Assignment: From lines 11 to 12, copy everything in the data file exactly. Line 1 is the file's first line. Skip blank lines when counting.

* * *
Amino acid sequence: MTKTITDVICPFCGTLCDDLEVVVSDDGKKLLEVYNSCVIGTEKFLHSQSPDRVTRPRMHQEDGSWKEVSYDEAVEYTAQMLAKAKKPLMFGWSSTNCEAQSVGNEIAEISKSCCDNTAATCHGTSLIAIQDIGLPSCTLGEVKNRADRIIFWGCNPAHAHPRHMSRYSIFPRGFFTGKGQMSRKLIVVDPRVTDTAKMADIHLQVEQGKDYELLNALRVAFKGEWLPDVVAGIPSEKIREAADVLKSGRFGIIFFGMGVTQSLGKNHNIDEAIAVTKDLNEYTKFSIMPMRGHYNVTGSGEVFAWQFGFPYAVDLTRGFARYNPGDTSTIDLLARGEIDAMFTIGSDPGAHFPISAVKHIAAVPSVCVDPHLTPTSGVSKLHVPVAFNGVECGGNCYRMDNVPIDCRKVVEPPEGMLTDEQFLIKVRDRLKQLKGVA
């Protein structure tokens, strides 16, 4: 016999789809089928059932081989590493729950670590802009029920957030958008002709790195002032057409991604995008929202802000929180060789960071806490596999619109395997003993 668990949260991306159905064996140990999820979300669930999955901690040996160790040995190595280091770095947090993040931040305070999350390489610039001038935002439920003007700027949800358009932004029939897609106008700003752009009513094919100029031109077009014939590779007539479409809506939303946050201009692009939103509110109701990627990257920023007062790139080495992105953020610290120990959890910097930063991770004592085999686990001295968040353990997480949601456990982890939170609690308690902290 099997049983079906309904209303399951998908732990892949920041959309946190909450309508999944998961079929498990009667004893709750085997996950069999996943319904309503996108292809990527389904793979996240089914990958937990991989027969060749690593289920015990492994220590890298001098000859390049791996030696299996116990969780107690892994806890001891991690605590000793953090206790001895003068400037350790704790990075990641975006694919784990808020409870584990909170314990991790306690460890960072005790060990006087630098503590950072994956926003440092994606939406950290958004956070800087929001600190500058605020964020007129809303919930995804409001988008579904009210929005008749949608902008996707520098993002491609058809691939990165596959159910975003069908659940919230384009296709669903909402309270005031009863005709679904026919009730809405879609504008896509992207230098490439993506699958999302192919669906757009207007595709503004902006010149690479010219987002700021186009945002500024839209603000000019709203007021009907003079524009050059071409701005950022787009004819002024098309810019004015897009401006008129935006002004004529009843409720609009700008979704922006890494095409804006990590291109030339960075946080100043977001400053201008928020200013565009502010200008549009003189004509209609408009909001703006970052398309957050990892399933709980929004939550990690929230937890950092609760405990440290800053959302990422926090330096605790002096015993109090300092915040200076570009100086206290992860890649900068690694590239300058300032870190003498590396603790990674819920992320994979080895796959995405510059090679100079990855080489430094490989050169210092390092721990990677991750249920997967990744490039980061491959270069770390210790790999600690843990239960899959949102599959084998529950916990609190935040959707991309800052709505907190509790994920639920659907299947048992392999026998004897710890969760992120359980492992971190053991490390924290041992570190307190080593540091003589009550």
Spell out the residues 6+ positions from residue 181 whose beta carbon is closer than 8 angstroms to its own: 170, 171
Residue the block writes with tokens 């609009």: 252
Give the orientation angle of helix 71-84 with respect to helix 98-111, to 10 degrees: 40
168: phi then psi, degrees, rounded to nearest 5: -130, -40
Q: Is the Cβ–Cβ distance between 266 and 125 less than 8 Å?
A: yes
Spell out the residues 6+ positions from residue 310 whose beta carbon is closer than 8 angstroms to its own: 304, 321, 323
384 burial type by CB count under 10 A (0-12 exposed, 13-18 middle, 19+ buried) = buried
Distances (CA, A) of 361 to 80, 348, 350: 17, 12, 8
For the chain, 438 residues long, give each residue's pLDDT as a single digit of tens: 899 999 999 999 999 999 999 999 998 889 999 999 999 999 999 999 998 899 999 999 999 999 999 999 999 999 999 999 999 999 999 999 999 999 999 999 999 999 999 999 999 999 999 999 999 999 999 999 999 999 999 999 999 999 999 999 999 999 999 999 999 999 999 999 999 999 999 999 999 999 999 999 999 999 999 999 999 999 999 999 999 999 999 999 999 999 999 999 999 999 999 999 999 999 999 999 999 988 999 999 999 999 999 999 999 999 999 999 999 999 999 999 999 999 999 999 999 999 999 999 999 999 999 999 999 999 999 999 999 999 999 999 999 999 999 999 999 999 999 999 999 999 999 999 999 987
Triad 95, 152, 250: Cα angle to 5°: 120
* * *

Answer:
Distances (CA, A) of 361 to 80, 348, 350: 17, 12, 8
For the chain, 438 residues long, give each residue's pLDDT as a single digit of tens: 899 999 999 999 999 999 999 999 998 889 999 999 999 999 999 999 998 899 999 999 999 999 999 999 999 999 999 999 999 999 999 999 999 999 999 999 999 999 999 999 999 999 999 999 999 999 999 999 999 999 999 999 999 999 999 999 999 999 999 999 999 999 999 999 999 999 999 999 999 999 999 999 999 999 999 999 999 999 999 999 999 999 999 999 999 999 999 999 999 999 999 999 999 999 999 999 999 988 999 999 999 999 999 999 999 999 999 999 999 999 999 999 999 999 999 999 999 999 999 999 999 999 999 999 999 999 999 999 999 999 999 999 999 999 999 999 999 999 999 999 999 999 999 999 999 987